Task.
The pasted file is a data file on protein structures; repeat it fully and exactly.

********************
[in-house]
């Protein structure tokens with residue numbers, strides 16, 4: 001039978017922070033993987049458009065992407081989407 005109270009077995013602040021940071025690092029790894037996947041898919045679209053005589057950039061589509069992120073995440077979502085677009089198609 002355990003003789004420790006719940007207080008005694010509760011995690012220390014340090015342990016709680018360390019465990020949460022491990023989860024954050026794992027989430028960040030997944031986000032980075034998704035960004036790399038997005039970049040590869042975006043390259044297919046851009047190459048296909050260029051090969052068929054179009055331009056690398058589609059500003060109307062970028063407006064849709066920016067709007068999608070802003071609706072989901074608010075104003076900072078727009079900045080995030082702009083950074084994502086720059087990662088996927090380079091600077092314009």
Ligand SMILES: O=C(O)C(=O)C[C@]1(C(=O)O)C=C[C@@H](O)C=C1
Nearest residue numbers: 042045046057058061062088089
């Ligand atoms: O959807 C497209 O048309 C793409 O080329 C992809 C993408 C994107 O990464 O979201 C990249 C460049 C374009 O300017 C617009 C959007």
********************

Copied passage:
[in-house]
């Protein structure tokens with residue numbers, strides 16, 4: 001039978017922070033993987049458009065992407081989407 005109270009077995013602040021940071025690092029790894037996947041898919045679209053005589057950039061589509069992120073995440077979502085677009089198609 002355990003003789004420790006719940007207080008005694010509760011995690012220390014340090015342990016709680018360390019465990020949460022491990023989860024954050026794992027989430028960040030997944031986000032980075034998704035960004036790399038997005039970049040590869042975006043390259044297919046851009047190459048296909050260029051090969052068929054179009055331009056690398058589609059500003060109307062970028063407006064849709066920016067709007068999608070802003071609706072989901074608010075104003076900072078727009079900045080995030082702009083950074084994502086720059087990662088996927090380079091600077092314009």
Ligand SMILES: O=C(O)C(=O)C[C@]1(C(=O)O)C=C[C@@H](O)C=C1
Nearest residue numbers: 042045046057058061062088089
């Ligand atoms: O959807 C497209 O048309 C793409 O080329 C992809 C993408 C994107 O990464 O979201 C990249 C460049 C374009 O300017 C617009 C959007």